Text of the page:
Lincoln Rhyme, ex-head of NYPD forensics, was the nation’s foremost criminalist, the man who could work a crime scene and come away with a perfect profile of the killer, frozen in time. Now, Lincoln is frozen in place — permanently. An accident on the job left him a quadriplegic who can move just one finger, a great mind strapped to his bed, mulish and sarcastic, hiding from a life he no longer wants to live.
Until he sees the crime-scene report about a corpse found buried on a deserted West Side railroad track, its bloody hand rising from the dirt. It belonged to a man who got into a cab at the airport and never got out. Reluctantly, Lincoln Rhyme abandons retirement to track down a killer whose ingenious clues hold the secret to saving his victims — if Rhyme can decipher them in time. The search leads him to the Bone Collector, whose obsession with old New York colors every scrap of evidence he leaves for Rhyme and his new partner, Amelia Sachs, whom he drafts as his arms and legs. But she’s never worked a crime scene in her life — and he can only whisper in her ear as she does the exacting work he loved more than anything else.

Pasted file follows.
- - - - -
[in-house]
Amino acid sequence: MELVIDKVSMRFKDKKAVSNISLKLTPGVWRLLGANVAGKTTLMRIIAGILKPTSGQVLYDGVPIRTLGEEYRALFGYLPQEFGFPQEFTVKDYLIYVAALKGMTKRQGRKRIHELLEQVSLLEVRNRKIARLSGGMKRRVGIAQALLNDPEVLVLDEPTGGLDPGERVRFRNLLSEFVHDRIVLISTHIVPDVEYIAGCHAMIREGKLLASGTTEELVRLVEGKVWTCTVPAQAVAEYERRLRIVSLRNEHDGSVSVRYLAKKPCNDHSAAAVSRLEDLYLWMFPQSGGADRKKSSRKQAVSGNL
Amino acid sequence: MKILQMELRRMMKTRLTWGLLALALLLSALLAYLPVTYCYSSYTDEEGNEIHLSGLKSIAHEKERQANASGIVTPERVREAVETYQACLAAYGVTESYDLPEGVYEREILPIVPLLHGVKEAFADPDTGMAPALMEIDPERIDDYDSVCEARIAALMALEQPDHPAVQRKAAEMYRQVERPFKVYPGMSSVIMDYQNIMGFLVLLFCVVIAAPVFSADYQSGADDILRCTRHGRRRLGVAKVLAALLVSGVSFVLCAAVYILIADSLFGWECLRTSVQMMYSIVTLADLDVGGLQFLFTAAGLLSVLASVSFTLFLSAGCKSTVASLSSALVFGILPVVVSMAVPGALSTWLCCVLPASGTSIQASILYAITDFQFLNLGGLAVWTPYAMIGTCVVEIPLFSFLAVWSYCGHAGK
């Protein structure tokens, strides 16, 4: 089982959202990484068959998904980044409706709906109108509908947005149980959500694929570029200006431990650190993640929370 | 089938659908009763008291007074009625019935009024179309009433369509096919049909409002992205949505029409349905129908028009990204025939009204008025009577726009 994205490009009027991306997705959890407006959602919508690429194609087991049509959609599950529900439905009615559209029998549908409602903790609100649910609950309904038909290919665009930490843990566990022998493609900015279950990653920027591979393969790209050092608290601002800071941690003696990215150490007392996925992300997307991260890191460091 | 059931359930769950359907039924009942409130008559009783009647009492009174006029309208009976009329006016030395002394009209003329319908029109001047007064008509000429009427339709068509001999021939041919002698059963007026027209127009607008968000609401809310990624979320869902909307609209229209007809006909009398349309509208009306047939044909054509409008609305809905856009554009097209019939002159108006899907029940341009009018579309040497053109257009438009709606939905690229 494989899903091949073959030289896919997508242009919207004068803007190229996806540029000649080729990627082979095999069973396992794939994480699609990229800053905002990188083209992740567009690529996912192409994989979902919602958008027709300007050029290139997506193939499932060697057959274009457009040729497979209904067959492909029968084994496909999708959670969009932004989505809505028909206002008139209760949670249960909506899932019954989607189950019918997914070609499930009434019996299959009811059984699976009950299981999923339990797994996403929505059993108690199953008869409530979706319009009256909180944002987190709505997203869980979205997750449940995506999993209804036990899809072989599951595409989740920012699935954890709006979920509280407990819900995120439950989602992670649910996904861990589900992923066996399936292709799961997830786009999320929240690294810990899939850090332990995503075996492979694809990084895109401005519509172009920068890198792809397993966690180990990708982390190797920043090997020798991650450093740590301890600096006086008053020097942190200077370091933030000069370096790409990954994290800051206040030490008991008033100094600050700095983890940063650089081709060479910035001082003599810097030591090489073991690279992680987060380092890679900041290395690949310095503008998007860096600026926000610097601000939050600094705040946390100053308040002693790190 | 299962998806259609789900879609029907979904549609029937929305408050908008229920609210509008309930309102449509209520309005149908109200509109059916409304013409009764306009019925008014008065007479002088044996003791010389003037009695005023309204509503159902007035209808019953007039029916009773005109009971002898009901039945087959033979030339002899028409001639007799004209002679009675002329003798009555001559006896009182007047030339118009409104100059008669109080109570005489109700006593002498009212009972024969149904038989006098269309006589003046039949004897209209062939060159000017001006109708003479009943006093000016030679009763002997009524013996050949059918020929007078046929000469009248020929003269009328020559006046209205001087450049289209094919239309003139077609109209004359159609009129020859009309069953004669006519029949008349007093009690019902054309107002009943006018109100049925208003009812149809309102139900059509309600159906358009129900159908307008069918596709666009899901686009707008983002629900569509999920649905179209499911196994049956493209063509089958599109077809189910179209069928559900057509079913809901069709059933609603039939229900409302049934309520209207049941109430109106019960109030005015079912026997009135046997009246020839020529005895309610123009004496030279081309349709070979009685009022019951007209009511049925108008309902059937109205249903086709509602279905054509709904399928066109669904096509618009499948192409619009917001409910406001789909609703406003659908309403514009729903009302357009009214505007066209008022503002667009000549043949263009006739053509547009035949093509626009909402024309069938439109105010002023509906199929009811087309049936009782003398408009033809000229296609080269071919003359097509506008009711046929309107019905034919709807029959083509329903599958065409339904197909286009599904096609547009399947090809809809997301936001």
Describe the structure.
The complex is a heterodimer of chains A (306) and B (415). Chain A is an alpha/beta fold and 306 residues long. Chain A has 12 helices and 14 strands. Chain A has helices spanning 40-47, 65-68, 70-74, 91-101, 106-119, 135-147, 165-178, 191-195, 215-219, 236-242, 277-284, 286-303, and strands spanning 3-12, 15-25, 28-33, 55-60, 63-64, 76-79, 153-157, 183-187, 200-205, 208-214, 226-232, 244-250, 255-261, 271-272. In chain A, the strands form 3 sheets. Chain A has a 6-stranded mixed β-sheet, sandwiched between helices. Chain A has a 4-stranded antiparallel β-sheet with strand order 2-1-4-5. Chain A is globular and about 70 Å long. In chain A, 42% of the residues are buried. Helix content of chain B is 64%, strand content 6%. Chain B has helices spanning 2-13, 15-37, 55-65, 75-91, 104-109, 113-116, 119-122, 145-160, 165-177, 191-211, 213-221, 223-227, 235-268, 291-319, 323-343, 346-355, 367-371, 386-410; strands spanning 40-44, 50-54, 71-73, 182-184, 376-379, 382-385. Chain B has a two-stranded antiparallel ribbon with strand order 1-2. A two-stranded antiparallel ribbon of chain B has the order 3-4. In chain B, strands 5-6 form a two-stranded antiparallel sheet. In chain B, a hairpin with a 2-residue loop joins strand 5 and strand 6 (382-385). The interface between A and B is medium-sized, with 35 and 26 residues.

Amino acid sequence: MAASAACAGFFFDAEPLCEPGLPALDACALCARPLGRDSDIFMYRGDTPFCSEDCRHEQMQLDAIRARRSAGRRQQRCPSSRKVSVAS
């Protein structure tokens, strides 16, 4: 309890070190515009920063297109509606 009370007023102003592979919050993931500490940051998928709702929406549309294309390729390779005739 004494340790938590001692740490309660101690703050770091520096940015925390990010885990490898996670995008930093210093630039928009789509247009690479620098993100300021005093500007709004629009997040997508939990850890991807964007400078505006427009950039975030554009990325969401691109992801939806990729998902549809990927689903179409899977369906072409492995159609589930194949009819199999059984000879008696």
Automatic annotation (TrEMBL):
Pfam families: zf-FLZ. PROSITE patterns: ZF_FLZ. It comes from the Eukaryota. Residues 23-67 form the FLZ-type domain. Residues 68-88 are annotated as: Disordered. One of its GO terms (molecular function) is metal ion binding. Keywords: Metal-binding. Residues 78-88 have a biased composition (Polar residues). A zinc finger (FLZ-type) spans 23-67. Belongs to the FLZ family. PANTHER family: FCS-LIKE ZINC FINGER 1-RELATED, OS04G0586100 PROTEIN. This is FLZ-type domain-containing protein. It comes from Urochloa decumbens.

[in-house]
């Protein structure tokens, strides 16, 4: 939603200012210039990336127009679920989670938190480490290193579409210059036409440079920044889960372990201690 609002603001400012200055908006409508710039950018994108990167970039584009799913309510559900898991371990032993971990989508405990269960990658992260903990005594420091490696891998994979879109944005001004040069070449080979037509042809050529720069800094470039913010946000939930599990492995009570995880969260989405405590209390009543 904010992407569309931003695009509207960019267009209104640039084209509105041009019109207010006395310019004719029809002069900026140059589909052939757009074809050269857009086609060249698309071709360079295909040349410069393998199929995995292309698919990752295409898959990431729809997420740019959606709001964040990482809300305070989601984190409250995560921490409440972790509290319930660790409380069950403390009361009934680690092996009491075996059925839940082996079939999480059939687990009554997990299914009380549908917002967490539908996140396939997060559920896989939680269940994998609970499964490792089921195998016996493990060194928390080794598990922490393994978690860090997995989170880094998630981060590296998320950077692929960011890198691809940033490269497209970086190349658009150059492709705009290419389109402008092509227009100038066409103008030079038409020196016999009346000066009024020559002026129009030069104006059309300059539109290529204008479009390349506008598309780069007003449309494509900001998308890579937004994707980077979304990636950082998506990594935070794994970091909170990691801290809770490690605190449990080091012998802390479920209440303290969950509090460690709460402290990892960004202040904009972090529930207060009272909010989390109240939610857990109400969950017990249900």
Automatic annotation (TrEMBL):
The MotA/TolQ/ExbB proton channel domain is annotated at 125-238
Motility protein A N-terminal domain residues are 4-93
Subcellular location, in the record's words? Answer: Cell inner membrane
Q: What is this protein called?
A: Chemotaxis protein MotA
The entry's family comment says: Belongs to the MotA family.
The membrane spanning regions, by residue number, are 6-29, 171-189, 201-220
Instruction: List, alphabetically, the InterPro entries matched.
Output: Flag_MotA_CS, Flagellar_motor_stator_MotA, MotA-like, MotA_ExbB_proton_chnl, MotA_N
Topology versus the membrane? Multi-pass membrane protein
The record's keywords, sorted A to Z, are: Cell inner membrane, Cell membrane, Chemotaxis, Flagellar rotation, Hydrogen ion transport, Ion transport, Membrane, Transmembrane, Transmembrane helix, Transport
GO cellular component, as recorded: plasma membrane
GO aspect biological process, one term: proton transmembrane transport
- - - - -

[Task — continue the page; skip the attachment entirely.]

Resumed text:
The movie adaptation of The Bone Collector, starring Denzel Washington and Angelina Jolie, was made by Universal Pictures in 1999.